Javier: Certainly the genome has been in the spotlight. Particularly for cancers, the argument has been that cancer is a disease of the genome, so cancer genomes are the most relevant layer to study. However, I think that this mindset is oversimplified. For example, this mindset progressed with the recognition that epigenetic marks add a layer of plasticity to the genome and can be inherited from one cellular generation to the next. The catch is that these chemical modifications are everywhere. For example, in the transcriptome, epi-transcriptomic changes and in the proteome as post-translational modifications. So the logic from the epigenome continues does it not?  When the cell divides, the state of the proteome is also inherited with all the proteoform diversity from the previous generation. It is not simple to say that the genome is a fundamental heritable unit in modern cancer biology. The problem is that proteomes are incredibly heterogeneous and difficult to study as they are compartmentalized in complex organellar structures. In the end, characterizing proteomes adds value to genomic studies, and this mindset will propagate through the community.

 

IPM: Were you focused on SARS CoV-2 during the pandemic given the work you do on the T cell vaccine side?

Javier: Certainly, I now have a whole arm of research dedicated to computational methods for vaccine development. I am convinced that the design of vaccines, particularly universal vaccines, can be improved. I’m surprised that artificial intelligence applications have not really been leveraged well in the most recent pandemic, despite the tremendous wealth of knowledge we have on this virus.  I’d like to develop open-source solutions to help us deal with emerging diseases, T-cell vaccines are an important part of this.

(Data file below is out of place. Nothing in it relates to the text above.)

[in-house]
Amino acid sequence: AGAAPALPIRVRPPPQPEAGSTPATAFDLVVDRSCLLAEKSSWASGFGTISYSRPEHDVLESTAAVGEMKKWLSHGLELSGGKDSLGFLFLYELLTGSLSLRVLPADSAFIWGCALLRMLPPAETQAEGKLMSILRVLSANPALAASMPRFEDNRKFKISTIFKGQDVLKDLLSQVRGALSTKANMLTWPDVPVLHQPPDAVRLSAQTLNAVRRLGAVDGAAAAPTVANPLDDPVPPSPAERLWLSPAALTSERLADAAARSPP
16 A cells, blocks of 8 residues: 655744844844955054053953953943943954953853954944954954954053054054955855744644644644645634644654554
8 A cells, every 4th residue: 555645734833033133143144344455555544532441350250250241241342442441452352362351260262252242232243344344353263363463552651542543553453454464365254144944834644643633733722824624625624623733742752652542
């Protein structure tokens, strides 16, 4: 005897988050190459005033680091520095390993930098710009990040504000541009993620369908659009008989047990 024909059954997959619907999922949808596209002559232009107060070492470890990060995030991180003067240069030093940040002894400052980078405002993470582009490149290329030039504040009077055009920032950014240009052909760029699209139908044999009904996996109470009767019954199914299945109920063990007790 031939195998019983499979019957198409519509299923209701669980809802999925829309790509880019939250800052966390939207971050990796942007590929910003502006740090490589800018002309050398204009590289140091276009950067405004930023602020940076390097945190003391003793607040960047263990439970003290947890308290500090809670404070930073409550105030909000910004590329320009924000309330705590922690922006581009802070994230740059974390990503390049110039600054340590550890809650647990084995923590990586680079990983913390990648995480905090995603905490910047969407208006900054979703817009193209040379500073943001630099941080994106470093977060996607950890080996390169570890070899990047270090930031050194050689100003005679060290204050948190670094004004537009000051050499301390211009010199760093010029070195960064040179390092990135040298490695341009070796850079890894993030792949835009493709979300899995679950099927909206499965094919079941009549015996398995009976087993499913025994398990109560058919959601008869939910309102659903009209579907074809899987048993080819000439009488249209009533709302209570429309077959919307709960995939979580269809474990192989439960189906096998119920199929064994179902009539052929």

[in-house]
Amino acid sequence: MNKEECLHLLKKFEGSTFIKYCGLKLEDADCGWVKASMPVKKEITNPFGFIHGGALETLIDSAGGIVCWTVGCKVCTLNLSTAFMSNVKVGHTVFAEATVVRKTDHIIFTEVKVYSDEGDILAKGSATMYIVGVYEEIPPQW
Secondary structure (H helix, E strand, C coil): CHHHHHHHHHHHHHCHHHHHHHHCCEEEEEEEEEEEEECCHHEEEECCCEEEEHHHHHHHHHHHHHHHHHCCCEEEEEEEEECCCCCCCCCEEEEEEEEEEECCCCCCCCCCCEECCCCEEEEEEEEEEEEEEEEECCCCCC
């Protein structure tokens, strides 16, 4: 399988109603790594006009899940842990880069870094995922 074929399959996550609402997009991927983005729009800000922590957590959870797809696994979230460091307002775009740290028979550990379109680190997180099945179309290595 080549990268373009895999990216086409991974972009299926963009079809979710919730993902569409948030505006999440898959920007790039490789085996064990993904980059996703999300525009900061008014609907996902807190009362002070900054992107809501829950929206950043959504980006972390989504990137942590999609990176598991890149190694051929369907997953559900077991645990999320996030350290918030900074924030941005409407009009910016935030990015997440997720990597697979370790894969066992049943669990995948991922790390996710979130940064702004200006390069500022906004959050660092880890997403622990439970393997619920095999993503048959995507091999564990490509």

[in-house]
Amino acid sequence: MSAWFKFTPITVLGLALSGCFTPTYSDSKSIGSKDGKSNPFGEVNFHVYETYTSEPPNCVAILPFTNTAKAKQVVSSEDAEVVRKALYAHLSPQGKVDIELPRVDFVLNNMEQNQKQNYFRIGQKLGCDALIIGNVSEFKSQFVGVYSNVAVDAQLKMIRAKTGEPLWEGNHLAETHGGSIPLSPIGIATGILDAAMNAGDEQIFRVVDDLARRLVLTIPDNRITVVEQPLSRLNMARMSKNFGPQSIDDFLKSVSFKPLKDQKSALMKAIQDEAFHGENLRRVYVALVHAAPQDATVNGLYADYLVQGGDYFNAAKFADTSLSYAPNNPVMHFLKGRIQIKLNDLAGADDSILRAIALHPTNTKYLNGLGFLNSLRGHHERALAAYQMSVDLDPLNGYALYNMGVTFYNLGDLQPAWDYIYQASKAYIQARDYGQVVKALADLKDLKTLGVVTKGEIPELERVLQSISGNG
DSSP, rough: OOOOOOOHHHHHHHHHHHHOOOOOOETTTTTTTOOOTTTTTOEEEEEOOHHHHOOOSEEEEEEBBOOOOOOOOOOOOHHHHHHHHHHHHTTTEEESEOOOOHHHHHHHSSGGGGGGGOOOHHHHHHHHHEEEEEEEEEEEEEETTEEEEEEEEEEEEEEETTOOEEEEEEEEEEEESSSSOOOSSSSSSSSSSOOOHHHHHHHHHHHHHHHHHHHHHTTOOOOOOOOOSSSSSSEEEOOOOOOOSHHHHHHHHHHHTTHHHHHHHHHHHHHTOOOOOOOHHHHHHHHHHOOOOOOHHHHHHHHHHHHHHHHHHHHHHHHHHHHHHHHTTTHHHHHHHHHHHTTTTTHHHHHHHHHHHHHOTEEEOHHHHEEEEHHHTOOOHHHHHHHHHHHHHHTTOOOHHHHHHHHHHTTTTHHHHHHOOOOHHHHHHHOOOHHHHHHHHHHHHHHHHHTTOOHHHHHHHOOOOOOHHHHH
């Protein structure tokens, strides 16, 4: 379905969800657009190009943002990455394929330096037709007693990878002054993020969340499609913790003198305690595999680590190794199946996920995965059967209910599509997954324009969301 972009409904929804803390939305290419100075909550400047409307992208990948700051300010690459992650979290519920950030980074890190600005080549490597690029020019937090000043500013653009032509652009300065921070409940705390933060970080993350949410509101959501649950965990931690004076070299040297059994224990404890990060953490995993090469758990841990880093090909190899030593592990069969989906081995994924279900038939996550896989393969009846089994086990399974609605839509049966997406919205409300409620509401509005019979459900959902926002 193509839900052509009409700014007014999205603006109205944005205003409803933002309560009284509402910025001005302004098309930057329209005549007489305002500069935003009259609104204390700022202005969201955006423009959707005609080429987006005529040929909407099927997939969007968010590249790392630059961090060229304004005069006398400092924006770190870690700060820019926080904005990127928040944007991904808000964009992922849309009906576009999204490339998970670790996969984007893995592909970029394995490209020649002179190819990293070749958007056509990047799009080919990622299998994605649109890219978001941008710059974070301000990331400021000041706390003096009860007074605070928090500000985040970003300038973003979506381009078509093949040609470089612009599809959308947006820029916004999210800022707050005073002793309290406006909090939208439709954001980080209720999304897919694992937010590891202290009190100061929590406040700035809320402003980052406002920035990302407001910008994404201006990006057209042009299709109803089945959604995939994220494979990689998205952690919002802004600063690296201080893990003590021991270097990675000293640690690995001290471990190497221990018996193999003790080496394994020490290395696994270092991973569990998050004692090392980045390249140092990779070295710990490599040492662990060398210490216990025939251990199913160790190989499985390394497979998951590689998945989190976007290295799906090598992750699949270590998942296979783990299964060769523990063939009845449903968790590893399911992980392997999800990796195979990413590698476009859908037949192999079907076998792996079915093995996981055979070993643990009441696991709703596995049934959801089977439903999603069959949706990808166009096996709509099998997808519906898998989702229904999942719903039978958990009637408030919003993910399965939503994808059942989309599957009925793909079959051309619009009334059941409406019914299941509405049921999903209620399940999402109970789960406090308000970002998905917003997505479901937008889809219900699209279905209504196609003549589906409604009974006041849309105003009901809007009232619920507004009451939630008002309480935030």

IPM: I know the application of ML/AI is critical in the work you are doing–are these tools being built in house or are you working with tech providers?

Javier: Both, I’m involved in a major EU project dedicated to leveraging publicly available data for personalized medicine in renal cancer www.katy-project.eu/. In this project, we work with 20 other partner institutes, some of which are tech providers. It’s my first time working with industry in this way, and certainly I think it’s the way forward. It can be very difficult in a university setting to attract the right talent, as these technology skills pay very well in the industry. I am even considering starting a consultancy to resolve the talent shortage faced in academia when it comes to recruiting bright AI and tech professionals. That said, at the University of Edinburgh, the Biomedical AI CDT, houses significant expertise in artificial intelligence applied to the biomedical sciences. So, I have taken several students through this program over the years, and they have been quite successful.